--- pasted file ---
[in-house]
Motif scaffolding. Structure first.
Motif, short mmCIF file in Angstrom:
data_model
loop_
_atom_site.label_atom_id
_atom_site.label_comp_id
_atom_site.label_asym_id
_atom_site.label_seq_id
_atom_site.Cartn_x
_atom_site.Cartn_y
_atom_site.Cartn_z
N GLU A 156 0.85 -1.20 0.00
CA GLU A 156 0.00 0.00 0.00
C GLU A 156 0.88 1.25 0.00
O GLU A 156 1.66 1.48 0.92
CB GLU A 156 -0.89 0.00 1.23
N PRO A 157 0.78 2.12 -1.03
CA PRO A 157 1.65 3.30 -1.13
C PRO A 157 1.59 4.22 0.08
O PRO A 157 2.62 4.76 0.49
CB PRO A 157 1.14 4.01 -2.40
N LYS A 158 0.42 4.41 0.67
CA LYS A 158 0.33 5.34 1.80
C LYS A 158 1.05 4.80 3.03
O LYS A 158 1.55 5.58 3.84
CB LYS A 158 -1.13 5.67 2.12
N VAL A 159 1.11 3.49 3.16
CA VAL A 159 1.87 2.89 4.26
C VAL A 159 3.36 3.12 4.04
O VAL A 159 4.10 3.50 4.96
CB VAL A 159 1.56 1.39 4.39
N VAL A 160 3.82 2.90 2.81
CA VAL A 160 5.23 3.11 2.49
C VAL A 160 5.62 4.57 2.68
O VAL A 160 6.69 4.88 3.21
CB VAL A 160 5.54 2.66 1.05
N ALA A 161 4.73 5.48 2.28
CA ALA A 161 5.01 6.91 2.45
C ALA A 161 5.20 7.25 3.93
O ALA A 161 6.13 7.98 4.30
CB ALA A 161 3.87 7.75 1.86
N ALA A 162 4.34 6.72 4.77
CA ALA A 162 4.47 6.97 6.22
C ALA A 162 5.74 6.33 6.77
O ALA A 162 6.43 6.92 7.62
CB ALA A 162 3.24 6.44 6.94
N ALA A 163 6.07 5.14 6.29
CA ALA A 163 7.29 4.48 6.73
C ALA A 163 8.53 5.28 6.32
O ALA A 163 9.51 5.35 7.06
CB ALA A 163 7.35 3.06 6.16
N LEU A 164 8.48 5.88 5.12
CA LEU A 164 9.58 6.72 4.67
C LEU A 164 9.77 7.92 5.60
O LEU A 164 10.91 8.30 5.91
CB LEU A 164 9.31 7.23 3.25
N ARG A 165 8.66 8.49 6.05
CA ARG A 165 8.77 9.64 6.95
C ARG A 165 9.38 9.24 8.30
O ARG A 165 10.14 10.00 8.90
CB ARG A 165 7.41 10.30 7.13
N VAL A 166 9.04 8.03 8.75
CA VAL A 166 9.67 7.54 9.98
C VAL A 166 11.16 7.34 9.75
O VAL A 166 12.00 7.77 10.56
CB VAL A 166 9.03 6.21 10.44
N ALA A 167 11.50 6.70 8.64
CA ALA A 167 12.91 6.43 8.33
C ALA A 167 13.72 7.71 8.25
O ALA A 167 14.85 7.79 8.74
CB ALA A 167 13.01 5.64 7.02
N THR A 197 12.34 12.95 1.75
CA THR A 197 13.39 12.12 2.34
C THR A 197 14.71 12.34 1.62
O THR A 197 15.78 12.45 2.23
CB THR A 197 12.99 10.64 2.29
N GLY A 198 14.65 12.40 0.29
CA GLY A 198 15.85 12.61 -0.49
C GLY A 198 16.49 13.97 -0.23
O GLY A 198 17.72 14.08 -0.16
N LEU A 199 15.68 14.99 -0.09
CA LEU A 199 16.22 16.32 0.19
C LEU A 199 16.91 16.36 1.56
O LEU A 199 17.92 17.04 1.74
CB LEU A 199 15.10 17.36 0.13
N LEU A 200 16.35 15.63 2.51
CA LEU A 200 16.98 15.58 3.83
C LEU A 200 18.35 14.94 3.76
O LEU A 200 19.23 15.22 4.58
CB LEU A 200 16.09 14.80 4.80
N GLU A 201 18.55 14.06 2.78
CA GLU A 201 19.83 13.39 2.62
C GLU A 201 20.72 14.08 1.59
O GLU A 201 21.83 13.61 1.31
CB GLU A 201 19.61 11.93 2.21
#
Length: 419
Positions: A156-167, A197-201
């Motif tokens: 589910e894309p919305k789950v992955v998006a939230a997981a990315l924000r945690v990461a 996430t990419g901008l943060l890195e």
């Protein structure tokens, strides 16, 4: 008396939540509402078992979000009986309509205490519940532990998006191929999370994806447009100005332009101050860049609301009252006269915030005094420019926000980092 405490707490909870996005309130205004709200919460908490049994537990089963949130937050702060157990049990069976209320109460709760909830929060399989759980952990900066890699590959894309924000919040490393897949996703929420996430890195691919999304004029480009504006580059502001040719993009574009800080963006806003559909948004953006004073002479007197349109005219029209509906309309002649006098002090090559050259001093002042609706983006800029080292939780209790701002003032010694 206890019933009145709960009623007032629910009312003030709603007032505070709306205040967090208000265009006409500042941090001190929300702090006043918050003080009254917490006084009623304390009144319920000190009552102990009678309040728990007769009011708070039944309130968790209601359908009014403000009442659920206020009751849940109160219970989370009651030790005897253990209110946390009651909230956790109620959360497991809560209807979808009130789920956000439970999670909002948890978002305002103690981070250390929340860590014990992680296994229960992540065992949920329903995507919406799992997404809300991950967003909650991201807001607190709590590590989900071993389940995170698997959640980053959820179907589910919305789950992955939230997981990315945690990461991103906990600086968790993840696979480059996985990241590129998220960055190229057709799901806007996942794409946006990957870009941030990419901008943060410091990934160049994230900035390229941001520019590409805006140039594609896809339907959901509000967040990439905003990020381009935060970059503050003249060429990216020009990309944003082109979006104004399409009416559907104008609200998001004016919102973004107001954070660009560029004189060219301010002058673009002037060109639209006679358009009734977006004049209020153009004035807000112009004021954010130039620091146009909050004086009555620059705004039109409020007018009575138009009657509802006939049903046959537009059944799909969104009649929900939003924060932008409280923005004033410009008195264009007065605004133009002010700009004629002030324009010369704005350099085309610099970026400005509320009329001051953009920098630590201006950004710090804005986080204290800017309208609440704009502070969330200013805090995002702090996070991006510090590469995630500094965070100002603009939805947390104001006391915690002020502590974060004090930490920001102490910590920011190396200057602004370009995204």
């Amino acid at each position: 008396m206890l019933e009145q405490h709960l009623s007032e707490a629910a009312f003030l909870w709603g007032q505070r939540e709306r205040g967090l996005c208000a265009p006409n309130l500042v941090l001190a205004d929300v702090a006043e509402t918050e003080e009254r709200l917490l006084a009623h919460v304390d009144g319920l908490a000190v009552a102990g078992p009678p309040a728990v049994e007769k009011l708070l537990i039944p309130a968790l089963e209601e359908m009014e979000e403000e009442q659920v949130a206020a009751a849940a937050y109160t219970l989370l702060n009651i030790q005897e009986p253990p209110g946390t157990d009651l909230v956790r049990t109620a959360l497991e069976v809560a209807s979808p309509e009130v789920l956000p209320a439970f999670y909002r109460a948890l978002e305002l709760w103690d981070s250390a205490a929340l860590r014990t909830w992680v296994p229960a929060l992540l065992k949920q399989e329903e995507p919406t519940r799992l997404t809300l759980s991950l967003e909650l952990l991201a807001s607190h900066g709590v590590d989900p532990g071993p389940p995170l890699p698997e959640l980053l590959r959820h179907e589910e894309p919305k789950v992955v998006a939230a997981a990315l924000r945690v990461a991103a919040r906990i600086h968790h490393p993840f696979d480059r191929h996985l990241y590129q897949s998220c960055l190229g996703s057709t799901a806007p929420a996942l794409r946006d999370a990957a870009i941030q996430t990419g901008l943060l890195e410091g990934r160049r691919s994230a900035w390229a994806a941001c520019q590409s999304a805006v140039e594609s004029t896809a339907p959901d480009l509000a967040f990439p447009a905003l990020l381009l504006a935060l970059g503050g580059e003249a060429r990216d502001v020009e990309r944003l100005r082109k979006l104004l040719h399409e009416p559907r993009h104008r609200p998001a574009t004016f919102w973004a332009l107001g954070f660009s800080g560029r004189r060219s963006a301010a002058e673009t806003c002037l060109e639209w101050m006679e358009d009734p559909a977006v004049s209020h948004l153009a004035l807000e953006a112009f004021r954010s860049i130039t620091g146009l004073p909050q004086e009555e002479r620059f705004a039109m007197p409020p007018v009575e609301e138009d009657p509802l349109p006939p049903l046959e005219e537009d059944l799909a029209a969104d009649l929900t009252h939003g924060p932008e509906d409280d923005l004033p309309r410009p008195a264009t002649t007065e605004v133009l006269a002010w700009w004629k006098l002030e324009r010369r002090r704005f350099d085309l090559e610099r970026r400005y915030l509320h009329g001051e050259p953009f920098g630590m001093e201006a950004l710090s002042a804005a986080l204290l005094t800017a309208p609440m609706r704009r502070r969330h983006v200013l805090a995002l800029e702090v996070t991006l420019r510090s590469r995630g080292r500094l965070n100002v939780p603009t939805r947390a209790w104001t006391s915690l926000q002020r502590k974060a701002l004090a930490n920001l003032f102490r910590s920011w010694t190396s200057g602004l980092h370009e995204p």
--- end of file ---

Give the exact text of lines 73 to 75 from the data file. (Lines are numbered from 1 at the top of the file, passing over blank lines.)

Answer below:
N THR A 197 12.34 12.95 1.75
CA THR A 197 13.39 12.12 2.34
C THR A 197 14.71 12.34 1.62